- - Chemical exfoliants are better for me as they are easy to use daily and you skip the messiness of dead cells all over your bathroom. Avanza Skin’s a cream for rough feet has urea 20%, a natural potent topical exfoliant that removes all the dead cells and hydrates your skin cells.
- - Moisturize: If you physically exfoliate you will need to apply a moisturizer. Avanza Skin’s a cream for rough feet contains shea butter, along with natural oils from avocado and peppermint to revive hardened feet by hydrating while exfoliating the dead cells all in one step.
- - Wear Proper Footwear: Opt for well-fitted shoes with sufficient cushioning and support to reduce pressure on vulnerable areas of your feet.
- - Salicylic Acid or Callus Pads: are better for corns or localized areas.
Regular maintenance and prevention are key to keeping your feet soft and callus-free. If you have diabetes or circulatory issues, always seek professional guidance before attempting any foot treatments.
Why is the removal of hardened skin from your feet important?
The removal of hardened skin from your feet is important for various reasons. Firstly, hard skin, if left unaddressed, can lead to discomfort and pain while walking or standing. As it thickens, it may develop cracks or fissures, making the skin susceptible to infections.
Ignoring hard skin can result in more severe health issues, especially for individuals with diabetes or circulatory problems. In such cases, even minor injuries or infections can escalate into serious complications like ulcers or cellulitis.
Hardened skin on the feet can also alter foot mechanics, leading to an uneven distribution of pressure and potentially causing issues with posture and gait. This, in turn, may lead to musculoskeletal problems affecting the knees, hips, and lower back.
Regularly removing hard skin through gentle exfoliation and moisturizing helps maintain the skin's natural elasticity, prevents excessive thickening, and reduces the risk of developing calluses. It also promotes better foot health, enhances comfort, and allows for greater mobility, ensuring that you can continue to move comfortably and confidently.
Hard skin on feet keeps coming back
Hard skin on the feet may keep coming back due to several reasons. Improper footwear, such as tight or ill-fitting shoes, can create friction and pressure points that lead to calluses. High-impact activities, like running or walking, can also contribute to the repetitive stress that causes hard skin. If you have an active lifestyle you will have to adjust or take care of this new skin condition by using a cream for rough feet.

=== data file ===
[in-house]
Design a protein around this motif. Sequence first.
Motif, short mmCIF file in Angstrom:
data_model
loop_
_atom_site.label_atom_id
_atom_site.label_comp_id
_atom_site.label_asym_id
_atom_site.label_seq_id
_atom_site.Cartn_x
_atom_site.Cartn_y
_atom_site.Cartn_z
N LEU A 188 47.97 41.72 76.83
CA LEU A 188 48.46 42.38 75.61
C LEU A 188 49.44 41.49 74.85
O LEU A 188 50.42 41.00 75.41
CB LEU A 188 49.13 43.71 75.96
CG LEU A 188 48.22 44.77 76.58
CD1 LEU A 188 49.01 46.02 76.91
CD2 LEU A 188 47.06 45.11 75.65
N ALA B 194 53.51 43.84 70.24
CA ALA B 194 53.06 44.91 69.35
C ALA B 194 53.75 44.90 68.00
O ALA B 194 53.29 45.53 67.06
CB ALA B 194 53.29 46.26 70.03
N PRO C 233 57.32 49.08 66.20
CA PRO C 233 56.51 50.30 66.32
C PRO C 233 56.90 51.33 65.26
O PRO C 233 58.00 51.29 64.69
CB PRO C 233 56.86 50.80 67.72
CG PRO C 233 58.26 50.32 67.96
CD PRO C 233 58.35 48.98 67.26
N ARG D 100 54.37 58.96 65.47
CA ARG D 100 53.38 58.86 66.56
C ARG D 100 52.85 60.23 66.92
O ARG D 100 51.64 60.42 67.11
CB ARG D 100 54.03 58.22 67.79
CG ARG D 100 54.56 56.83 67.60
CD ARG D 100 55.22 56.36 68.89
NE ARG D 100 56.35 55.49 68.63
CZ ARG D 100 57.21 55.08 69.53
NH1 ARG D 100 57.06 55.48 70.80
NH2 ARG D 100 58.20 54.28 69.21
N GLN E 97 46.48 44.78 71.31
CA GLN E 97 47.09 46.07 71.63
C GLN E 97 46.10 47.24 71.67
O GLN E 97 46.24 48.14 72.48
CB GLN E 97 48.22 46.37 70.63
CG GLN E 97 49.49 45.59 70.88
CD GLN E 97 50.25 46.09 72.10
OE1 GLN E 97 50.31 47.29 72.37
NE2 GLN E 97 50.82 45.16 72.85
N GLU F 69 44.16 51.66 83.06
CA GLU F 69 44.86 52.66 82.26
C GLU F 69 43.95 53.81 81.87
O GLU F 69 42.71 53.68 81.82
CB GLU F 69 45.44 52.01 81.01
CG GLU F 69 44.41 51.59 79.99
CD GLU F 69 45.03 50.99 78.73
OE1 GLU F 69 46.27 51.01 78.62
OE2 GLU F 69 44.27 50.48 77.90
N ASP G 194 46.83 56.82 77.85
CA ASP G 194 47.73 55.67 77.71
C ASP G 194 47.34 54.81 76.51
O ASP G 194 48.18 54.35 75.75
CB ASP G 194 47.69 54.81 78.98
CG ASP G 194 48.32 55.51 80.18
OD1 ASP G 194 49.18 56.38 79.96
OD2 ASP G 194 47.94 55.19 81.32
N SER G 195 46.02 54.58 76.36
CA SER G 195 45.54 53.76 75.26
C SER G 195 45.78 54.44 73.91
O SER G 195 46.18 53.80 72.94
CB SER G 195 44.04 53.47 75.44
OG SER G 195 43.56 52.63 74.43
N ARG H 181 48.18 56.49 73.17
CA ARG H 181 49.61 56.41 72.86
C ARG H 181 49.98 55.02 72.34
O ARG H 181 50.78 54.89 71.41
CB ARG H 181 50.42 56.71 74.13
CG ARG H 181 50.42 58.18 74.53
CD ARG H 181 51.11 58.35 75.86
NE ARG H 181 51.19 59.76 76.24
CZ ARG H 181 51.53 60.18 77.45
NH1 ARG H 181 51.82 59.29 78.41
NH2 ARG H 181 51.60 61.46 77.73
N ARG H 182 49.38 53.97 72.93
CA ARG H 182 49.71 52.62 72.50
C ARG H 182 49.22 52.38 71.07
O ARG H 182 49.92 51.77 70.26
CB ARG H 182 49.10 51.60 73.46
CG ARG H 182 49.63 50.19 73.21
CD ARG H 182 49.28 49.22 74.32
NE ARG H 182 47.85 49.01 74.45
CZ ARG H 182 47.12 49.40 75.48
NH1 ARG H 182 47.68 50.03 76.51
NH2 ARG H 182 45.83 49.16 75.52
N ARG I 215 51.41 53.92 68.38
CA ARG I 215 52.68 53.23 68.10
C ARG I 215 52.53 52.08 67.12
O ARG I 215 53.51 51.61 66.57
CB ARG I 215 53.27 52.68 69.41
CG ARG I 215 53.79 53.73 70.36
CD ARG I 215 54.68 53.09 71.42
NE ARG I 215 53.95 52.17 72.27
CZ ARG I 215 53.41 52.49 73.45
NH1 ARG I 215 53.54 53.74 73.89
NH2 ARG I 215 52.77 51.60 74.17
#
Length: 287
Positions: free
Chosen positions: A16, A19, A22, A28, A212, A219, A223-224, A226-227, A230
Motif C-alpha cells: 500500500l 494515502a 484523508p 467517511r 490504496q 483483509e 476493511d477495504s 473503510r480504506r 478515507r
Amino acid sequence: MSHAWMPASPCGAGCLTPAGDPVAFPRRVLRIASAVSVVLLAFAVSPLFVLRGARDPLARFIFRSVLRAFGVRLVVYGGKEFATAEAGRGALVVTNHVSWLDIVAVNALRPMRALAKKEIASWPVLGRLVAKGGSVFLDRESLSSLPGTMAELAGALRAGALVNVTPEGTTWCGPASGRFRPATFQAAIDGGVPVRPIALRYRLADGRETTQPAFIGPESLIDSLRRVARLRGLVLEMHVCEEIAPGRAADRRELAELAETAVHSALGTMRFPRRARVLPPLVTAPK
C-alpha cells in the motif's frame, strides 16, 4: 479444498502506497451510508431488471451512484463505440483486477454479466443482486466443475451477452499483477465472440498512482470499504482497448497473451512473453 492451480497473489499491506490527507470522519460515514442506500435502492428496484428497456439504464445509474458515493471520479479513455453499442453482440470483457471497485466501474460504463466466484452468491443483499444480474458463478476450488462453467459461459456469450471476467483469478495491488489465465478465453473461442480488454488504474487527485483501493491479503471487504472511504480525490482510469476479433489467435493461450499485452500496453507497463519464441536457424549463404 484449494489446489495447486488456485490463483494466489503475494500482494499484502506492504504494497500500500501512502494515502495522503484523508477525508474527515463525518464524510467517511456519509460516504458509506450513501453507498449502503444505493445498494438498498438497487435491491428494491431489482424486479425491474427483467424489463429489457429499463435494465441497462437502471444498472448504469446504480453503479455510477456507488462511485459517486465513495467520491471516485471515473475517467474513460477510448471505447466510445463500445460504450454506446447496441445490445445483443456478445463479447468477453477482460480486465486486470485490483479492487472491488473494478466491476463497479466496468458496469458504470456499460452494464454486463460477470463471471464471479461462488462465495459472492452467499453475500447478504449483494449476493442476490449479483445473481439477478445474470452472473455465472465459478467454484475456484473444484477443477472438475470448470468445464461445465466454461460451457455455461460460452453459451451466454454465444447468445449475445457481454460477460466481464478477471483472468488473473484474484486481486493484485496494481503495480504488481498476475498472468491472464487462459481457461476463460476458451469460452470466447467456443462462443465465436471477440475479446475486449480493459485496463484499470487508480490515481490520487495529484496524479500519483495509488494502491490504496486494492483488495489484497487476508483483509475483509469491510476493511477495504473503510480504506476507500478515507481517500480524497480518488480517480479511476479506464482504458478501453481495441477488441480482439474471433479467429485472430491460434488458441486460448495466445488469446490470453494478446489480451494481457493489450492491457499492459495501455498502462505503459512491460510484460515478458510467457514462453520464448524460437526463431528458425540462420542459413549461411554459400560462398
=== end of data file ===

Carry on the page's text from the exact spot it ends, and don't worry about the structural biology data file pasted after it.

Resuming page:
Additionally, underlying foot deformities or structural issues may persist, leading to recurring calluses.
To reduce the recurrence of hard skin, preventive measures are essential as mentioned previously. Choose well-fitted, supportive shoes that minimize pressure on vulnerable areas. Consider using silicone or foam padding to protect sensitive spots. Regular foot care, including exfoliation and moisturizing, helps maintain skin softness. Custom orthotics can provide additional support and address structural concerns.
Dry, calloused feet pose a persistent problem, impacting millions globally and causing discomfort along with related conditions. The pursuit of soft, supple feet goes beyond mere aesthetics; it plays a pivotal role in enhancing overall foot health and mobility. Bid farewell to rough soles and embrace the newfound confidence of walking on cloud-like feet.
Avanza Skin’s a cream for rough feet is a high-performance foot cream that is dermatologist-designed and contains the specific ingredients to heal, soften, and hydrate – designed for the needs of active people on the go.